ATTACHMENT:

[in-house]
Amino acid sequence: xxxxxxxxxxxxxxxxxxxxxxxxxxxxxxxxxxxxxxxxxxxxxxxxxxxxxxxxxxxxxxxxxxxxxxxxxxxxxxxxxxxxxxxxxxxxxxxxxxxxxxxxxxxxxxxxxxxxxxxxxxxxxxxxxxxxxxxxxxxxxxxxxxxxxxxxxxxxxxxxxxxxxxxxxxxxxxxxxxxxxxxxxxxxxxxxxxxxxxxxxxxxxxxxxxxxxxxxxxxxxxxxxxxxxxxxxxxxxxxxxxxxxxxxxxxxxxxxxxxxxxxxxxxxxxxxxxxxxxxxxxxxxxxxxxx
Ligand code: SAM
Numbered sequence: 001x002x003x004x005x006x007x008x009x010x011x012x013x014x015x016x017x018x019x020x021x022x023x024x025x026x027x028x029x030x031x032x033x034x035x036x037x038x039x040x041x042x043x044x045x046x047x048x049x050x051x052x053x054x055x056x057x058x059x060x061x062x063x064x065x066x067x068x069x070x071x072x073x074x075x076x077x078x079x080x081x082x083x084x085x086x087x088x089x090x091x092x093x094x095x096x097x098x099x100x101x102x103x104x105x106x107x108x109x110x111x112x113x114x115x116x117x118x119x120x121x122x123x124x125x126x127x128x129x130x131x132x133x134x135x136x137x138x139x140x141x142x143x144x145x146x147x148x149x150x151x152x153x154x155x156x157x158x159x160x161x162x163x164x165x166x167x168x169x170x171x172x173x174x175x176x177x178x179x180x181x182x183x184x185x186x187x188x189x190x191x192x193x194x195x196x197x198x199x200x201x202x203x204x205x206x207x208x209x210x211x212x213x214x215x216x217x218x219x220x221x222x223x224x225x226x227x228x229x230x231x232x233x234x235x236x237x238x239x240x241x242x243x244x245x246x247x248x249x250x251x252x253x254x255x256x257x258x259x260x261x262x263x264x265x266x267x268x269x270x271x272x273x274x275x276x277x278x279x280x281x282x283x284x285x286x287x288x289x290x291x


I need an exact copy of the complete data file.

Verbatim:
[in-house]
Amino acid sequence: xxxxxxxxxxxxxxxxxxxxxxxxxxxxxxxxxxxxxxxxxxxxxxxxxxxxxxxxxxxxxxxxxxxxxxxxxxxxxxxxxxxxxxxxxxxxxxxxxxxxxxxxxxxxxxxxxxxxxxxxxxxxxxxxxxxxxxxxxxxxxxxxxxxxxxxxxxxxxxxxxxxxxxxxxxxxxxxxxxxxxxxxxxxxxxxxxxxxxxxxxxxxxxxxxxxxxxxxxxxxxxxxxxxxxxxxxxxxxxxxxxxxxxxxxxxxxxxxxxxxxxxxxxxxxxxxxxxxxxxxxxxxxxxxxxx
Ligand code: SAM
Numbered sequence: 001x002x003x004x005x006x007x008x009x010x011x012x013x014x015x016x017x018x019x020x021x022x023x024x025x026x027x028x029x030x031x032x033x034x035x036x037x038x039x040x041x042x043x044x045x046x047x048x049x050x051x052x053x054x055x056x057x058x059x060x061x062x063x064x065x066x067x068x069x070x071x072x073x074x075x076x077x078x079x080x081x082x083x084x085x086x087x088x089x090x091x092x093x094x095x096x097x098x099x100x101x102x103x104x105x106x107x108x109x110x111x112x113x114x115x116x117x118x119x120x121x122x123x124x125x126x127x128x129x130x131x132x133x134x135x136x137x138x139x140x141x142x143x144x145x146x147x148x149x150x151x152x153x154x155x156x157x158x159x160x161x162x163x164x165x166x167x168x169x170x171x172x173x174x175x176x177x178x179x180x181x182x183x184x185x186x187x188x189x190x191x192x193x194x195x196x197x198x199x200x201x202x203x204x205x206x207x208x209x210x211x212x213x214x215x216x217x218x219x220x221x222x223x224x225x226x227x228x229x230x231x232x233x234x235x236x237x238x239x240x241x242x243x244x245x246x247x248x249x250x251x252x253x254x255x256x257x258x259x260x261x262x263x264x265x266x267x268x269x270x271x272x273x274x275x276x277x278x279x280x281x282x283x284x285x286x287x288x289x290x291x